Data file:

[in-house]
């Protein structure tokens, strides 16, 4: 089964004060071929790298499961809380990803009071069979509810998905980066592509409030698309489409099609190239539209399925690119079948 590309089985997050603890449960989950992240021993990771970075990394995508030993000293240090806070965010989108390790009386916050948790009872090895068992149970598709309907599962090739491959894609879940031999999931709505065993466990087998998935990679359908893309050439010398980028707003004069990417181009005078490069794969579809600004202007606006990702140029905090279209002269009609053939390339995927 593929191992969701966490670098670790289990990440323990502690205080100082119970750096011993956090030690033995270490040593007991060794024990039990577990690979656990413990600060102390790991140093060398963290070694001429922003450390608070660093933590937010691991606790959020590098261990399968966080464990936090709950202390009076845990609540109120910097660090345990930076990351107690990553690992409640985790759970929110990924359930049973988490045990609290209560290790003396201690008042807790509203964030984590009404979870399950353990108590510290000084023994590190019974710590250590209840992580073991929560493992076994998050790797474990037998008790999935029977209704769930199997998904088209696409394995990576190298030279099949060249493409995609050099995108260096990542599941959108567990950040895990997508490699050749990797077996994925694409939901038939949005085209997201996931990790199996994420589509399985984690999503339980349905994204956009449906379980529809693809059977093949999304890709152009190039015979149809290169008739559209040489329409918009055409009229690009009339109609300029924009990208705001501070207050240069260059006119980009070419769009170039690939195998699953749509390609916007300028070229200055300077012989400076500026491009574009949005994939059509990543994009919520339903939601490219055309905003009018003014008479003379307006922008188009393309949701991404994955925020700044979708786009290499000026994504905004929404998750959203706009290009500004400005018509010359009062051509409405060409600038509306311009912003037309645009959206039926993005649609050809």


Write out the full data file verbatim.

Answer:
[in-house]
């Protein structure tokens, strides 16, 4: 089964004060071929790298499961809380990803009071069979509810998905980066592509409030698309489409099609190239539209399925690119079948 590309089985997050603890449960989950992240021993990771970075990394995508030993000293240090806070965010989108390790009386916050948790009872090895068992149970598709309907599962090739491959894609879940031999999931709505065993466990087998998935990679359908893309050439010398980028707003004069990417181009005078490069794969579809600004202007606006990702140029905090279209002269009609053939390339995927 593929191992969701966490670098670790289990990440323990502690205080100082119970750096011993956090030690033995270490040593007991060794024990039990577990690979656990413990600060102390790991140093060398963290070694001429922003450390608070660093933590937010691991606790959020590098261990399968966080464990936090709950202390009076845990609540109120910097660090345990930076990351107690990553690992409640985790759970929110990924359930049973988490045990609290209560290790003396201690008042807790509203964030984590009404979870399950353990108590510290000084023994590190019974710590250590209840992580073991929560493992076994998050790797474990037998008790999935029977209704769930199997998904088209696409394995990576190298030279099949060249493409995609050099995108260096990542599941959108567990950040895990997508490699050749990797077996994925694409939901038939949005085209997201996931990790199996994420589509399985984690999503339980349905994204956009449906379980529809693809059977093949999304890709152009190039015979149809290169008739559209040489329409918009055409009229690009009339109609300029924009990208705001501070207050240069260059006119980009070419769009170039690939195998699953749509390609916007300028070229200055300077012989400076500026491009574009949005994939059509990543994009919520339903939601490219055309905003009018003014008479003379307006922008188009393309949701991404994955925020700044979708786009290499000026994504905004929404998750959203706009290009500004400005018509010359009062051509409405060409600038509306311009912003037309645009959206039926993005649609050809």